Is It Safe To Use Dish Soap To Kill Lawn Pests?

Are there critters crawling through your lawn? It's no fun when you're trying to enjoy sitting in your garden and bugs are crawling over your legs. There are over 500 different types of insects that can call your lawn home. Not all are harmful, but some can wreak havoc on your grass, covering it in unsightly brown patches. When trying to get rid of these pests, it's best to know which one you're dealing with. Then you can work out when they're most vulnerable in their life cycle and use your chosen pest control method.

Command Pest Control explains that uneven grass is the first sign that your lawn is infested with harmful insects. This is when some parts grow healthy, like usual, but other areas take a long time to develop. Some other signs that pests have taken over your lawn are that the grass is turning from green to brown, blades are misshapen with bite marks, or spots of soil are peaking through dead greenery. Once you realize there's a problem, it's time to decide which method is best to control these insects, and dish soap may sound like a safe and convenient option.

Don't risk using dish soap on your lawn

Dish soap will work to kill pests, however, it's not safe for your lawn. If you don't dilute it properly with vegetable oil and water you could find that your grass is brown and dead by the next day. This happens because the chemical sodium lauryl sulfate (SLS) is heavily concentrated in dish soap because it breaks down the oils and fats and removes stains. It works at killing pests because it does the same thing to their cell walls.

The problem is that when you pour dish soap on your lawn, its roots are made of oil-based tissue too. This tissue helps to retain excess moisture so grass can continue to live between waterings and under the bright summer sun. Once the dish soap breaks up the oil-based tissue, your lawn will quickly dry out, becoming brown and patchy. Moreover, there are several alternative methods that are safer and don't risk killing your grass along with the pests inhabiting it.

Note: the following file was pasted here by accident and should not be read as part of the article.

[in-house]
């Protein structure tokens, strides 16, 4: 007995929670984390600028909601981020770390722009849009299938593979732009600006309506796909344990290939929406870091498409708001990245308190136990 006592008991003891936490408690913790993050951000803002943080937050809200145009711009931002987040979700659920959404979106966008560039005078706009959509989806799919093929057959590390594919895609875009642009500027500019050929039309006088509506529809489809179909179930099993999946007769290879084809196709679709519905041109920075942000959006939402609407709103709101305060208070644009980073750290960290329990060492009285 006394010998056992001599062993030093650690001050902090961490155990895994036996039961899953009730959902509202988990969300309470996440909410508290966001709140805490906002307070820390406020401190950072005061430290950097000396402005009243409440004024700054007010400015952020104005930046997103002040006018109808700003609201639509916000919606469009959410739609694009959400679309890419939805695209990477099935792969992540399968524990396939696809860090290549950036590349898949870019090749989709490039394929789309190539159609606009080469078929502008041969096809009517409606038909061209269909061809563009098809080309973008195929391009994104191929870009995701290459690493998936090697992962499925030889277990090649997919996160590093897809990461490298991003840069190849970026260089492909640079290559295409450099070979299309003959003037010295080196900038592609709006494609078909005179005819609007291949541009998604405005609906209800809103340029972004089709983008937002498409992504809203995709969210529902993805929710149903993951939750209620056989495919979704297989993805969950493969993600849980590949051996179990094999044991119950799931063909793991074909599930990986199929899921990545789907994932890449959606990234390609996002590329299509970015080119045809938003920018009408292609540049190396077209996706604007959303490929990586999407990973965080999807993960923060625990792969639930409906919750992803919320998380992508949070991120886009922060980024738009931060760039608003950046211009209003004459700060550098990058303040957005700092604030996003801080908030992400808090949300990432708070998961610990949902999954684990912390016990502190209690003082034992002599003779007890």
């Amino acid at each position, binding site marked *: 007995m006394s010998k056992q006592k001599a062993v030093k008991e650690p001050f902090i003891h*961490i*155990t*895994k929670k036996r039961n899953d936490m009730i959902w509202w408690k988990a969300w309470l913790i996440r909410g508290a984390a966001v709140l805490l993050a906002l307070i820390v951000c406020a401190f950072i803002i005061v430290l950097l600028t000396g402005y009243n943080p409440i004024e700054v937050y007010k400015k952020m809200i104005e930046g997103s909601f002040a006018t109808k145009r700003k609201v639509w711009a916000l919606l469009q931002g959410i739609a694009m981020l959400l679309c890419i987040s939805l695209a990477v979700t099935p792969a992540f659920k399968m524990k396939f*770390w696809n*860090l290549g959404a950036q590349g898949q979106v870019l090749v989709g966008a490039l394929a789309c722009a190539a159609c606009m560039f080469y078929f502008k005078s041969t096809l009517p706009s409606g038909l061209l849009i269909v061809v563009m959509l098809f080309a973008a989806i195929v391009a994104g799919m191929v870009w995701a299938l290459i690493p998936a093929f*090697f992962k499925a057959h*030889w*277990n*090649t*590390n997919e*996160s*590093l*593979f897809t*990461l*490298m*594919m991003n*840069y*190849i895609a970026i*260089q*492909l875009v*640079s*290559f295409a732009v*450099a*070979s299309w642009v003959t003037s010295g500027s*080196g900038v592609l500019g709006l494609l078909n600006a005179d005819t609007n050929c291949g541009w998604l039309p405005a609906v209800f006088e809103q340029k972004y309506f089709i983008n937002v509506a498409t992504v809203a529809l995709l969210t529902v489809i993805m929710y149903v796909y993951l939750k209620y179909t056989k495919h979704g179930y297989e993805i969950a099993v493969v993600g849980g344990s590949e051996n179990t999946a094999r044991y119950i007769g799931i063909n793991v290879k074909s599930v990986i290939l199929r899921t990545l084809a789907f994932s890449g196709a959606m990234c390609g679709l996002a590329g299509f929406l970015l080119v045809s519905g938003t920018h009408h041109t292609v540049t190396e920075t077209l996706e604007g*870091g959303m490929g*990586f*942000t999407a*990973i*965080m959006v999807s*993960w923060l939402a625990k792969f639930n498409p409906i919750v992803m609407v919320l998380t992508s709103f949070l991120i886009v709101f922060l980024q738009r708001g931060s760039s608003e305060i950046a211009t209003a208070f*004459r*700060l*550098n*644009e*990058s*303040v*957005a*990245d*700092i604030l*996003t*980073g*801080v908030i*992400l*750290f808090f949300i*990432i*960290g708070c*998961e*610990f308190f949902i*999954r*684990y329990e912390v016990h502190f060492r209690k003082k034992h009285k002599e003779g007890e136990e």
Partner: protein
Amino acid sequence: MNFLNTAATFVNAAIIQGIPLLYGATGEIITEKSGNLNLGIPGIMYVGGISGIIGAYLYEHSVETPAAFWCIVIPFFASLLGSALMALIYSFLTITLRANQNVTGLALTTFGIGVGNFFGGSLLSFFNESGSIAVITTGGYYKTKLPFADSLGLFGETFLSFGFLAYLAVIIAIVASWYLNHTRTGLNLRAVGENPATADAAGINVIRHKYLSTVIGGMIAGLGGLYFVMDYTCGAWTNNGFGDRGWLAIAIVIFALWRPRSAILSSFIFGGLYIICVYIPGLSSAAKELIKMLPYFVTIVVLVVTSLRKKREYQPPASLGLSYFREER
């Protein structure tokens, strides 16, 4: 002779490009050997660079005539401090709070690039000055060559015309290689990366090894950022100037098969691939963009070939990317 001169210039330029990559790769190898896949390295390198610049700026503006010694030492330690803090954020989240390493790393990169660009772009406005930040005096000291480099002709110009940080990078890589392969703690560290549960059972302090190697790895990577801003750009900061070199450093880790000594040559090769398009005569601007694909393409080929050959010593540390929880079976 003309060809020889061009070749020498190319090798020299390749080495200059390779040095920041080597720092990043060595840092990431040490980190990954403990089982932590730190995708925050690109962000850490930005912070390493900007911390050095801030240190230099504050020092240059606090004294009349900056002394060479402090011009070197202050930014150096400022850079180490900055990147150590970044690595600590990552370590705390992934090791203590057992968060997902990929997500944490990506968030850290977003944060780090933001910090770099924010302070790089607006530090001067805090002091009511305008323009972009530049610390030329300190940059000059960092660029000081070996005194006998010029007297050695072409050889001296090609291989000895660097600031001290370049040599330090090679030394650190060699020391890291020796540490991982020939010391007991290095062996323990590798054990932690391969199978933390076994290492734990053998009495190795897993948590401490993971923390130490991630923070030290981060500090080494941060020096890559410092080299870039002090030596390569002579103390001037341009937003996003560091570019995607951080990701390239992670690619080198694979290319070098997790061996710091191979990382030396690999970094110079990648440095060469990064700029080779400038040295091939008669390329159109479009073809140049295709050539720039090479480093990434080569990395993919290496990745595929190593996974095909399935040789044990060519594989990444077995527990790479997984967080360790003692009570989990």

Vinegar or coffee grounds

If you want to stick to homemade pest control methods, apple cider vinegar and coffee grounds are other ways to clear your lawn. Apple cider vinegar works well because it's naturally acidic, so it will kill many of the insects that come into contact with it. It's a great option instead of dish soap because it also repels future pests from moving into your lawn. To use this method, dilute 1 ounce of apple cider vinegar with 3 ounces of water, then pour your solution into a spray bottle and apply it to your lawn. You could also use distilled white vinegar in a 1 to 1 ratio if you already have that type available at home.

Another option is to reuse your coffee grounds. Instead of throwing them away, put them to use as a pest repellent. They're effective because of the potent smell they release, which doubles when you burn them. For this method, save your used coffee grounds and collect them in a fire-safe bowl or tin foil. Ensure they're completely dry, and place the bowl in the center of your lawn. Then add a few drops of lighter fluid and set them on fire with a long match. Coffee grounds will not only clear your yard of pests, but they will repel mosquitos as well.